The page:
Loyal Opposition Versus Resistance to Trump


Perhaps nothing has made modern progressivism look sillier than the often hysterical reaction to the election of Donald Trump. This has spanned everything from street protests, claims of Russian electoral manipulation and even reports of sudden weight gain and loss of sexual interest. Rather than become more introspective in the face of defeat, the bulk of left-leaning media and their intellectual allies have embraced the notion — even before the new president proposes anything — of following what UC Berkeley public policy professor and former U.S. labor secretary Robert Reich calls “the resistance agenda.”

The notion of modern progressives donning berets and fighting the modern-day version of Nazis is absurd. Donald Trump may be wrongheaded, and personally venal, but he is not Adolph Hitler, or even Benito Mussolini. Critically, he is not particularly popular, as were those demagogues. Trump’s election certainly was not a mandate, as many liberals correctly point out.

The election showed a still deeply divided nation. Hillary Clinton won the popular vote, but the GOP triumphed everywhere else, notably at the congressional level, where they won by 3.5 million votes, and it did even better at the state and local levels. Certainly, the progressives can get back into the game, but first they need to toss out the berets, stop talking civil disobedience and instead embrace the role of loyal opposition, using counter-arguments rather than histrionics.

Progressives still have wind at their backs

Democrats, time is still largely on your side. All the constituencies that backed Hillary Clinton — minorities, millennials, college-educated professionals — are demographically ascendant. Those that backed Trump, such as boomers, seniors and members of the white working class, are destined to fade.

To return to power in the short run, however, the Democrats need to appeal to parts of the largely white, older Trump base, many of them former Democrats. The meme, as seen in Slate’s assertion that the election proved “how racist, sexist and unjust America is,” does not seem the best way to win over these wavering voters. There are opportunities galore to do this.

Read the entire piece at The Orange County Register.

Joel Kotkin is executive editor of NewGeography.com. He is the Roger Hobbs Distinguished Fellow in Urban Studies at Chapman University and executive director of the Houston-based Center for Opportunity Urbanism. His newest book, The Human City: Urbanism for the rest of us, was published in April by Agate. He is also author of The New Class ConflictThe City: A Global History, and The Next Hundred Million: America in 2050. He lives in Orange County, CA.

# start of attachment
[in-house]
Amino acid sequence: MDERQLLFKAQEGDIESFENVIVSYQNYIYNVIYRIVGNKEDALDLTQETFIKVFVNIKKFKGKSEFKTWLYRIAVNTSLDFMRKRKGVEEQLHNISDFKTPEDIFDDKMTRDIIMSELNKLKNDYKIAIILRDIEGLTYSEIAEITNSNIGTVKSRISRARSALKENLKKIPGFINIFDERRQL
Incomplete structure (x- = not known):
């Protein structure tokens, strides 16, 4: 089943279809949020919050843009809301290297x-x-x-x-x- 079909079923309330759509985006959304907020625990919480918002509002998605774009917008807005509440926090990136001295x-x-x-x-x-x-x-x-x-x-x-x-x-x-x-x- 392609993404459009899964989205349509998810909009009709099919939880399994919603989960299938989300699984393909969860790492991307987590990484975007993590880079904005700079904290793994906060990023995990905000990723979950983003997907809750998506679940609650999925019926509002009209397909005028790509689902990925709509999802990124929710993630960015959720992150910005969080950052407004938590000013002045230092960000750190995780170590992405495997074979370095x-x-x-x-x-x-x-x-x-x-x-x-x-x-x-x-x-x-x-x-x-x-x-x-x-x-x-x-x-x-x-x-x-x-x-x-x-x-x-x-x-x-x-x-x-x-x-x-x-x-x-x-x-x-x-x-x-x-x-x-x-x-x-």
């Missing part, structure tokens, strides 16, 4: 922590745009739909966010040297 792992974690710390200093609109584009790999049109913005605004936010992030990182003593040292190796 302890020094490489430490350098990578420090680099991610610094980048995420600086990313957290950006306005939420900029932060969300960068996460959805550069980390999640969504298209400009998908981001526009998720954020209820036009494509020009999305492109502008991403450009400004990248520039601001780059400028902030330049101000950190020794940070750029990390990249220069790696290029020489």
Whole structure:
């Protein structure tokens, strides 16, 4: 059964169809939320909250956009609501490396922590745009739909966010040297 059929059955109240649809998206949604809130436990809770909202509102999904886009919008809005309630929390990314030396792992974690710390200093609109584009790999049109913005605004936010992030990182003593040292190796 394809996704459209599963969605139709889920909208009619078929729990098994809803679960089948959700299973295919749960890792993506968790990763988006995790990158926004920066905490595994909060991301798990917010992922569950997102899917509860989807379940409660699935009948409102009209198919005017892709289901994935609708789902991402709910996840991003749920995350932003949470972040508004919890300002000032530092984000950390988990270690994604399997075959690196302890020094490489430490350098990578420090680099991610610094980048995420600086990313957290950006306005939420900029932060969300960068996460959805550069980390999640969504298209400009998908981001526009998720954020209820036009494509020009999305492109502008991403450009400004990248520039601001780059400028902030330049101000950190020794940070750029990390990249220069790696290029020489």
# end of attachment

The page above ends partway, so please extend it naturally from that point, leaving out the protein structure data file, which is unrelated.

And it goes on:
Trump protest photo by i threw a guitar at him. (https://www.flickr.com/photos/becc/26879649373/) [CC BY 2.0], via Wikimedia Commons


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History is the master

Unfortunately something has been sillier, and made progressivism comaparatively even more sober: the oppositional behavior of the right during the previous 8 years. Smear tactics to dishonor the president, refusal to move due process forward, and government shutdowns are now great tactics for the loyal opposition to adopt.

Richard T. Reep, AIA, LEED-AP
Adjunct Professor, Rollins College

Yes and No

I am not sure it is fair to dismiss claims of Russian electoral manipulation as hysteria. We know for a fact that Russia tried to influence the election, we just don't know how successful they were.

If anyone on your e-mail list is over 65, though, odds are that someone forwarded you at least one e-mail that originated from a Russian "troll farm". The e-mail "proof" that Hillary had Parkinson's was the most obvious example, but there were several others.

Having said that, though, the odds that hackers (Russian or otherwise) successfully tipped the scales in Wisconsin are pretty remote.

Still, I object to the idea that protesting and resistance are somehow an unworthy response to Trump's agenda. As Americans, we have the right to protest, and the responsibility to resist. So if we choose to wear silly hats and carry signs, then it is our right.

I am not suggesting that petty acts of vandalism are justified, but American history includes at least one example of patriots dressing up in war paint and dumping someone else's property into Boston harbor. Compared to that, blocking an illegal pipeline seems like the least we can do.